At just 21 years old, Papa has already established himself as an exceptional mechanic, pursuing his dream of fixing motorbikes in his community. But when a large tumor began growing from the left side of his face, his dreams for the future became shadowed by fear.
“This work has a lot of physical demands,” Papa shared. “It is even harder to do with a tumor in the way.”
When Papa first went to the hospital with a slight lump as a teenager, he was told it was a toothache that would heal. But each year, it grew, eventually becoming the size of a grapefruit. It pressed on the nerves in his face and partly blocked his sight.
“He was going through a tough situation as a young man who is supposed to enjoy his life,” said his father, Toure. In addition to the constant pain, Toure says the tumor took a toll on Papa’s self-esteem. “Seeing your childhood friends in good health while you’re disabled is very embarrassing.”
Knowing that a life burdened with the tumor meant one of uncertainty, Papa decided to invest in a possible surgery at a local hospital. It took the help of his friends and neighbors to afford the operation, and just as it was about to begin, there was a power outage.
As the lights flickered back to life, newfound fear and distrust weighed heavily on Papa. With no guarantee of power, and no way to ensure the machines could continue their work, Papa reluctantly decided the risk was too high.
Once again, Papa believed he would be forced to live his life burdened by his condition. Then he heard some news: a hospital ship filled with volunteers offering free, safe surgery was set to visit his country.
His hopes tentatively renewed, he decided to learn more. After meeting with a screening team, Papa was approved for surgery, his excitement damped slightly by the memories of his previous hospital experience. But the desire for healing overcame his fear: “I was afraid, but I trusted God.”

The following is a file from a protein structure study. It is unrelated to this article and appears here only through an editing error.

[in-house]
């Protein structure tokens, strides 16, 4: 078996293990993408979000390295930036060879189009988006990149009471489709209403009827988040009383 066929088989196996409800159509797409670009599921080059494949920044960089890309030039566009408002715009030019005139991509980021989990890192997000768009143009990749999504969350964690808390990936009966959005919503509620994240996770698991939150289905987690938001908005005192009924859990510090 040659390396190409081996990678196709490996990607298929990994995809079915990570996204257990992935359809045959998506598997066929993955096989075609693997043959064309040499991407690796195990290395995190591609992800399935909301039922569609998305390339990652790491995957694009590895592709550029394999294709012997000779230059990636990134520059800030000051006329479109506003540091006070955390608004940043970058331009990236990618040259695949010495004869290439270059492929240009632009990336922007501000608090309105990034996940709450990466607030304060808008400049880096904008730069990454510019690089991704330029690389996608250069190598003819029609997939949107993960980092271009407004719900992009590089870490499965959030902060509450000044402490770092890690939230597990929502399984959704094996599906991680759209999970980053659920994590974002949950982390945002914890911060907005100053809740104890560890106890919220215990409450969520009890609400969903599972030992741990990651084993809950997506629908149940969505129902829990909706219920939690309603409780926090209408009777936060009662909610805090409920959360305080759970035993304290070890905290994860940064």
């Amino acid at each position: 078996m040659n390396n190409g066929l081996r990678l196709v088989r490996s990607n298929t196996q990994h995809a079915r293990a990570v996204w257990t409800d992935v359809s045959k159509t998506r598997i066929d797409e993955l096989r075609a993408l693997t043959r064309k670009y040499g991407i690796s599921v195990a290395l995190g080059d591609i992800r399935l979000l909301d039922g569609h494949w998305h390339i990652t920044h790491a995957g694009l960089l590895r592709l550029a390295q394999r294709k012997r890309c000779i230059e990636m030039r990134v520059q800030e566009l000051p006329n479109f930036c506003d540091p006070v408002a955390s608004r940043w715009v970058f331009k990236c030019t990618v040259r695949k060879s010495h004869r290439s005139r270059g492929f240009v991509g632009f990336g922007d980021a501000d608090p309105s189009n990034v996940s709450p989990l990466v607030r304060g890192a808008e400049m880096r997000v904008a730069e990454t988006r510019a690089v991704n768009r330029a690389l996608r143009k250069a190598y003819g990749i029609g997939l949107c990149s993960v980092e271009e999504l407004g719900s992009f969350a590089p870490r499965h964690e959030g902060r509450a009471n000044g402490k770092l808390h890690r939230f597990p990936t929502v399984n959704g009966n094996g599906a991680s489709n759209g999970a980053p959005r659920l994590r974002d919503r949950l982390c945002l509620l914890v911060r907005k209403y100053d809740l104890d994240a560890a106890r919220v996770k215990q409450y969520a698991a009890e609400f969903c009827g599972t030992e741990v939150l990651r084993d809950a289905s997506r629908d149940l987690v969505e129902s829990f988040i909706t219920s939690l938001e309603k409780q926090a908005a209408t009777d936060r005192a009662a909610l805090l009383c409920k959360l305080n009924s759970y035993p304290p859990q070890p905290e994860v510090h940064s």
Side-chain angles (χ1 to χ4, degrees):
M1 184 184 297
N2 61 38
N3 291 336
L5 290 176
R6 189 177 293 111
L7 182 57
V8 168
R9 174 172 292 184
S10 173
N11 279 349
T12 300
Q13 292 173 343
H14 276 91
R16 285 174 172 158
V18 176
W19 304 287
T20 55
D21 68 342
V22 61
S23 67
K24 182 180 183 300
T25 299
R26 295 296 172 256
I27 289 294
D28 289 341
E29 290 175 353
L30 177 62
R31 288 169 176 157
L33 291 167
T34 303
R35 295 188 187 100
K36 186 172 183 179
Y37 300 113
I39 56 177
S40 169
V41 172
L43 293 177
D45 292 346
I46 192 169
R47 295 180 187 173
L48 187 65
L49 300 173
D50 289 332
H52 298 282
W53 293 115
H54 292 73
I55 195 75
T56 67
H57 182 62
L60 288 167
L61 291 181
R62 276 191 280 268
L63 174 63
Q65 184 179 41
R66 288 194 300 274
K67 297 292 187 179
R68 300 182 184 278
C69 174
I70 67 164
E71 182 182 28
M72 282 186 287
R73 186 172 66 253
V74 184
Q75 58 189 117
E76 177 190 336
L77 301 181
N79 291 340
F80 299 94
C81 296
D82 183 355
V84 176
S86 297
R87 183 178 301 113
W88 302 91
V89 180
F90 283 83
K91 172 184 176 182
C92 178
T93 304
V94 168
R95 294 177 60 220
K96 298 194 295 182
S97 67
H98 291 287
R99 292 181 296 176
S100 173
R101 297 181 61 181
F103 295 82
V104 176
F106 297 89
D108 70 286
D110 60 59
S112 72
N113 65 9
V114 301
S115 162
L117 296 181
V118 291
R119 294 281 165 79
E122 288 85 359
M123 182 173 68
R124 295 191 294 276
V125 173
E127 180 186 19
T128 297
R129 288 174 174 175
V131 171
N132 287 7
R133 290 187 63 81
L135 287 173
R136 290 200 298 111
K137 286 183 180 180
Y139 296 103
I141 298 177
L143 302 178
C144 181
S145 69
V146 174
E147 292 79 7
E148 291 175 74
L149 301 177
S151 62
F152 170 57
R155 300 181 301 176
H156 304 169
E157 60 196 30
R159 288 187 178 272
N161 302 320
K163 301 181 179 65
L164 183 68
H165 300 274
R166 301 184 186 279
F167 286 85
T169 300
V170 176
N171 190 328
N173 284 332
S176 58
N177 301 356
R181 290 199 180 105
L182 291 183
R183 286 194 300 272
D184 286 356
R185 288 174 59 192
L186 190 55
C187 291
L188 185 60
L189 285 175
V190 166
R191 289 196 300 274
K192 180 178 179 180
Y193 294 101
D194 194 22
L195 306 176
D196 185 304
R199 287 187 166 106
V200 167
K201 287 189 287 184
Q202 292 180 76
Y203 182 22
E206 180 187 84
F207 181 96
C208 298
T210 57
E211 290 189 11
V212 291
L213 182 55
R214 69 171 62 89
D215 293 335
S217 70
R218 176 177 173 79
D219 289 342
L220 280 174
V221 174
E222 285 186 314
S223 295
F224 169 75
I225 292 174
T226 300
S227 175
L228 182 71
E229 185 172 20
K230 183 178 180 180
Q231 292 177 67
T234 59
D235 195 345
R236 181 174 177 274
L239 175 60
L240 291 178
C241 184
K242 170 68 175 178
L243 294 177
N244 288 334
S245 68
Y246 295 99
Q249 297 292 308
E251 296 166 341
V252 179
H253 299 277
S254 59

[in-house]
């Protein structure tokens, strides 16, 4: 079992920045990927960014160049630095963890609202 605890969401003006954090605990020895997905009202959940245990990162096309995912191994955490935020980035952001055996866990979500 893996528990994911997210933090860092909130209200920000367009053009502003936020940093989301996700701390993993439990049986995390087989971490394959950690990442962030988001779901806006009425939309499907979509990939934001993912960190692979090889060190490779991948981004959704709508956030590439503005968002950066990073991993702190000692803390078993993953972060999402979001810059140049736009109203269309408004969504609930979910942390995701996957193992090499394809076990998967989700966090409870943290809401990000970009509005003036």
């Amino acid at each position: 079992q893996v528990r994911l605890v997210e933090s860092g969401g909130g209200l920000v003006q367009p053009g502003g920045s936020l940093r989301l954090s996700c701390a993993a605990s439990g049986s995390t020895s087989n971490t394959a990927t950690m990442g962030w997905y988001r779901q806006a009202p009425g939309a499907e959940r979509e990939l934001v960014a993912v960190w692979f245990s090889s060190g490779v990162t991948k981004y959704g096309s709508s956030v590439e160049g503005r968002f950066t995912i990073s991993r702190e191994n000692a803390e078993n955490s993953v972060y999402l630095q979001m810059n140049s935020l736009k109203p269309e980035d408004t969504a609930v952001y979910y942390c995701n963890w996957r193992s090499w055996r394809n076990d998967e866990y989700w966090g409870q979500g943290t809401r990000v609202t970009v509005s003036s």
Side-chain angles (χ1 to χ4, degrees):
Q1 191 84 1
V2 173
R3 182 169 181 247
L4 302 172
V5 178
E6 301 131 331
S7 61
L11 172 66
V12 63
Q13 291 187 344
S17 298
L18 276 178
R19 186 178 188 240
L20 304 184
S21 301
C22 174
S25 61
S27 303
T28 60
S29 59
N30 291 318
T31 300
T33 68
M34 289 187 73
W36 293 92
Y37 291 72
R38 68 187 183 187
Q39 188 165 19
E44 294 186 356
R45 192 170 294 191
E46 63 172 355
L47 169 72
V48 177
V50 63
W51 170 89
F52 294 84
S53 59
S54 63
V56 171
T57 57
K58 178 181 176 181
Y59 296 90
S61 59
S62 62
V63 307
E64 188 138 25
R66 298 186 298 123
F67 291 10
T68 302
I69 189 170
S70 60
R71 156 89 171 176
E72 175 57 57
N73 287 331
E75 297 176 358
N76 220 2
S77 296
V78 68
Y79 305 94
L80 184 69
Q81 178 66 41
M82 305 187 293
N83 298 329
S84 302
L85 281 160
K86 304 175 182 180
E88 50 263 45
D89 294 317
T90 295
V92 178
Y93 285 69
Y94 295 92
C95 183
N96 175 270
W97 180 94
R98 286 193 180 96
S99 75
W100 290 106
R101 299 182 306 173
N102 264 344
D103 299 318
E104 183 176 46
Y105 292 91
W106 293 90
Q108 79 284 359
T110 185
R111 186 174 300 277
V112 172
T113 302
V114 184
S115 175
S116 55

Not long after, Papa was on board the Global Mercy, his burden of so many years removed at last. As the haze of anesthesia lifted after his surgery, Papa didn’t have to touch his face to know the tumor was gone.
“When I woke up, I felt the tumor had gone,” he shared. “I knew because before, the tumor blocked my sight.” For the first time in years, Papa’s sight was no longer obstructed by his condition.
Papa spent weeks recovering in the hospital wards, finding connection with fellow patients and crewmembers through activities like arts and crafts.
“I even made bracelets by myself; I learned it while in hospital… the nurses taught me how to do it,” Papa remembered.
Paul Kangethe, a volunteer ward nurse from the United States, cared for Papa post-surgery. He observed that as Papa’s physical healing was underway, the transformation became more than just skin-deep.
“The first day after surgery, he was quiet, staying in bed, not interacting, not talking much,” Paul shared. “But as the days progressed, he was much more interactive and active… It seemed he was much more comfortable talking and sharing.”
With the support of the volunteer crew, healing from surgery only took a few weeks, and soon Papa was released to return home to his friends and family.
Once he was back home, his friends were amazed by the transformation they saw. One friend shared his awe, saying, “What you’ve done isn’t just for Papa but also for the community. His tumor is gone now, and his health, dignity, and joy are restored. You did this for Papa and the entire city.”
Now that Papa is healthy, new dreams have sparked where there was once fear. “I want to go back to work and spend time with my parents and siblings,” he shared. “I’m also young and would like to marry and have my own family!”